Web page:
ISTANBUL // With a rally in the capital, members of the liberal Muslim minority Turkish Alevis have drawn attention to what they say is discrimination by the Sunni majority and by authorities, challenging a system in which religion is strictly controlled by the state. Between 50,000 and 100,000 Alevis gathered in Ankara on Sunday to voice their demands, which include a call to abolish the religious affairs directorate, the central religious authority of the Turkish state. Alevis also want an end to regulations that force their children to take part in religious lessons in state schools they say concentrate on Sunni Islam.
The demonstration highlighted the problems that Turkey's version of secularism, which stresses the need to keep religion under tight state supervision, can cause for religious minorities watched with suspicion by the majority. Alevis said the religious affairs directorate, which runs all mosques in the country and pays the imams, has been promoting a strictly Sunni interpretation of the faith without taking other leanings into account.
"A secular state does not invest in religion, it must not organise religion and it must not take money out of the general budget" for religious purposes, Ali Balkiz told the crowd. Mr Balkiz leads the Alevi Bektasi Federation, a leading Alevi association, which organised the meeting. "This is why we want to abolish the religious affairs directorate." The government, however, immediately rejected the demands. Acknowledging that the Alevis face some problems in Turkey, Said Yazicioglu, a state minister, dismissed the calls coming from the Ankara meeting. "We do not take note of ideas coming from the fringes," Mr Yazicioglu, whose ministry supervises the religious affairs directorate, told journalists.
An estimated 10 million to 15m Turks, about 15 per cent to 20 per cent of the population, belong to the Alevi community, which is considered close to Shia Islam because of the central role that Imam Ali plays in the Alevi faith. Alevis have their own fasting period. They do not pray in mosques, but in places of worship they call cem houses, or gathering houses, where a dance of men and women forms an important part of the ritual.
Some Sunnis see Alevis as heretics, which is why Alevis feel under particular pressure from the religiously conservative Justice and Development Party, or AKP, of Recep Tayyip Erdogan, the prime minister, because the AKP represents the Sunni mainstream. The cem houses are not officially recognised as places of worships like mosques and churches but as cultural centres. There are 900 officially registered cem houses in Turkey, compared to almost 78,000 mosques.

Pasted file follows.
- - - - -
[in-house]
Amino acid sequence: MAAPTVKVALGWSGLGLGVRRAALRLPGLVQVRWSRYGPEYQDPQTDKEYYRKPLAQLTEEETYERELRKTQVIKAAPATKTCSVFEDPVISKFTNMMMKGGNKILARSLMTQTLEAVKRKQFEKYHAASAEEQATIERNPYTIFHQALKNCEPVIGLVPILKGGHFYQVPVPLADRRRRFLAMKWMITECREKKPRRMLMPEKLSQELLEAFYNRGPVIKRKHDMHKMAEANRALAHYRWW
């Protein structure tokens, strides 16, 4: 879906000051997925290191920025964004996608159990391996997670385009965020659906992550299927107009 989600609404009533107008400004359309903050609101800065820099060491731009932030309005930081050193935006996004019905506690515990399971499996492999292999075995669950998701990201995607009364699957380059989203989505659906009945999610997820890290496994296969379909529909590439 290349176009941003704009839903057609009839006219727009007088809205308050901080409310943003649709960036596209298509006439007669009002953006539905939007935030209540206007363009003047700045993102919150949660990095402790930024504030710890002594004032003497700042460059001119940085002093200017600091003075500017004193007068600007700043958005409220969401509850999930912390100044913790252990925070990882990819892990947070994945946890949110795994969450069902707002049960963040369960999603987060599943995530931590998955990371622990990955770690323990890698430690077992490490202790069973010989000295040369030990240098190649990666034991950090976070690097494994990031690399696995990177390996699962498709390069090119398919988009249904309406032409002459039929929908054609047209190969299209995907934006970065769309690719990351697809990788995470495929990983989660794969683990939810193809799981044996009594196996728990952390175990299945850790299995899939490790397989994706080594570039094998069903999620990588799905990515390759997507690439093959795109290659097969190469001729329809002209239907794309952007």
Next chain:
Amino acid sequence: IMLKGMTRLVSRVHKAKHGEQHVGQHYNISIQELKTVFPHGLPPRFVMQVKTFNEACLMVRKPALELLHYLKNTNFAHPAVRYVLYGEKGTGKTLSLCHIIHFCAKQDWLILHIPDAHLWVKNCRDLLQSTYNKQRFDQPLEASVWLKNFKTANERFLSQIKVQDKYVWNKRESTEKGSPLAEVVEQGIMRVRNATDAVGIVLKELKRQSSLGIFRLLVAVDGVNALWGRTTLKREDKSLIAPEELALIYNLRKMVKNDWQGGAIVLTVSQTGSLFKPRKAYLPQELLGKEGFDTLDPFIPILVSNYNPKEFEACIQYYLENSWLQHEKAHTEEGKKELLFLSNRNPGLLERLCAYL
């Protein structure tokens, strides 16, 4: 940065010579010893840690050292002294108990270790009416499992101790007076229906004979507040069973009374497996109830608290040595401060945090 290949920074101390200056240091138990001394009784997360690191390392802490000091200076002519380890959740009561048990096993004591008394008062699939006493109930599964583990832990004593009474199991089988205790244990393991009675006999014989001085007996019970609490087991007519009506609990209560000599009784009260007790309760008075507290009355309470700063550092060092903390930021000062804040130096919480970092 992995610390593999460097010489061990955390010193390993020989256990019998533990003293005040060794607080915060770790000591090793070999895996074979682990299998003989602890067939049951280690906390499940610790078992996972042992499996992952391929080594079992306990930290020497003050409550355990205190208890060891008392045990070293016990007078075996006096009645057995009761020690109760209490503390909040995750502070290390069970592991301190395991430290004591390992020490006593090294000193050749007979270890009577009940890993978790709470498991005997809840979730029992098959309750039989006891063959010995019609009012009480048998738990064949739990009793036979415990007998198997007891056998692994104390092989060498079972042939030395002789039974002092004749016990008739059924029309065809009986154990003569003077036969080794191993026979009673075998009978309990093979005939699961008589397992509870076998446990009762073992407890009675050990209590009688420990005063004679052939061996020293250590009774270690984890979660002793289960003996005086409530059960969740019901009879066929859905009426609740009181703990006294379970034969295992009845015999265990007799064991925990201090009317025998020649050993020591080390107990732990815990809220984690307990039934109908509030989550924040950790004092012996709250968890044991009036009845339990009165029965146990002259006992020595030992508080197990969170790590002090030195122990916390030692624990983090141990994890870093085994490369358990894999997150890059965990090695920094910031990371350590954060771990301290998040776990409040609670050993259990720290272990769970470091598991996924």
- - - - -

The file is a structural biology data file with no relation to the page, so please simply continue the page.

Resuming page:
"AKP, get your hands off my religion," was one slogan that was shouted at the Ankara rally. A poster read: "Against discrimination - rights as equal citizens". Mr Balkiz said the government was only paying lip service to the Alevis's demands for equality. "So far, we have received only a 'we love you'," he said. "There is no concrete answer for what 'we love you' means." One of the Alevi demands is that the Madimak Hotel in the central Anatolian city of Sivas be turned into a museum. In 1993, an Islamist mob protesting against a meeting of Alevis in the hotel laid fire to the building, resulting in the death of 33 people. During the Ankara rally, the names of the victims were read out one by one.
Mr Balkiz said Alevis were under pressure from the Sunni majority. Some go to Sunni mosques and keep the fast during Ramadan to blend in with Sunnis. "Only on retiring after 35 years do they come to the cem houses," he told Radikal, a daily newspaper. He also said it was difficult for Alevis to be promoted to top posts in the state and even the military. "They want to become generals, governors and parliamentary deputies as well."
Mr Erdogan has promised to do more for the Alevis, but those efforts have produced few results. In June, an Alevi AKP member of parliament resigned from his position as an adviser to the prime minister, saying that "promises have not been kept". According to press reports, the deputy, Reha Camuroglu, was frustrated by a lack of will within the government to improve the situation of the Alevis. When he became Mr Erdogan's adviser late last year, Mr Camuroglu said there would be efforts to recognise cem houses as places of worship and give Alevi religious leaders the status of state religious officials. Both projects have yet to be realised.
Mr Camuroglu was said to have been particularly upset by a comment from a fellow AKP deputy, Mehmet Cicek, a former vice president of the religious affairs directorate. "In mosques, people pray, but in cem houses they dance," Mr Cicek was quoted as saying in a television show that a cem house could not be an "alternative to a mosque". Support for the Alevis has come from the European Union, which has accused the Turkish government of not doing enough to strengthen the rights of the minority. In 2007, the European Court of Human Rights in Strasbourg, France ordered Turkey to end its practice of compulsory religious lessons with a stress on Sunni positions for all Muslim pupils. But Ankara had still not implemented the decision, the European Union said last week in a major report on Turkey's progress as a candidate for membership.
"Turkey needs to make further efforts to create an environment conducive to full respect for freedom of religion in practice and to carry out consistent initiatives aimed at improving dialogue with the various religious communities," the report said. email@example.com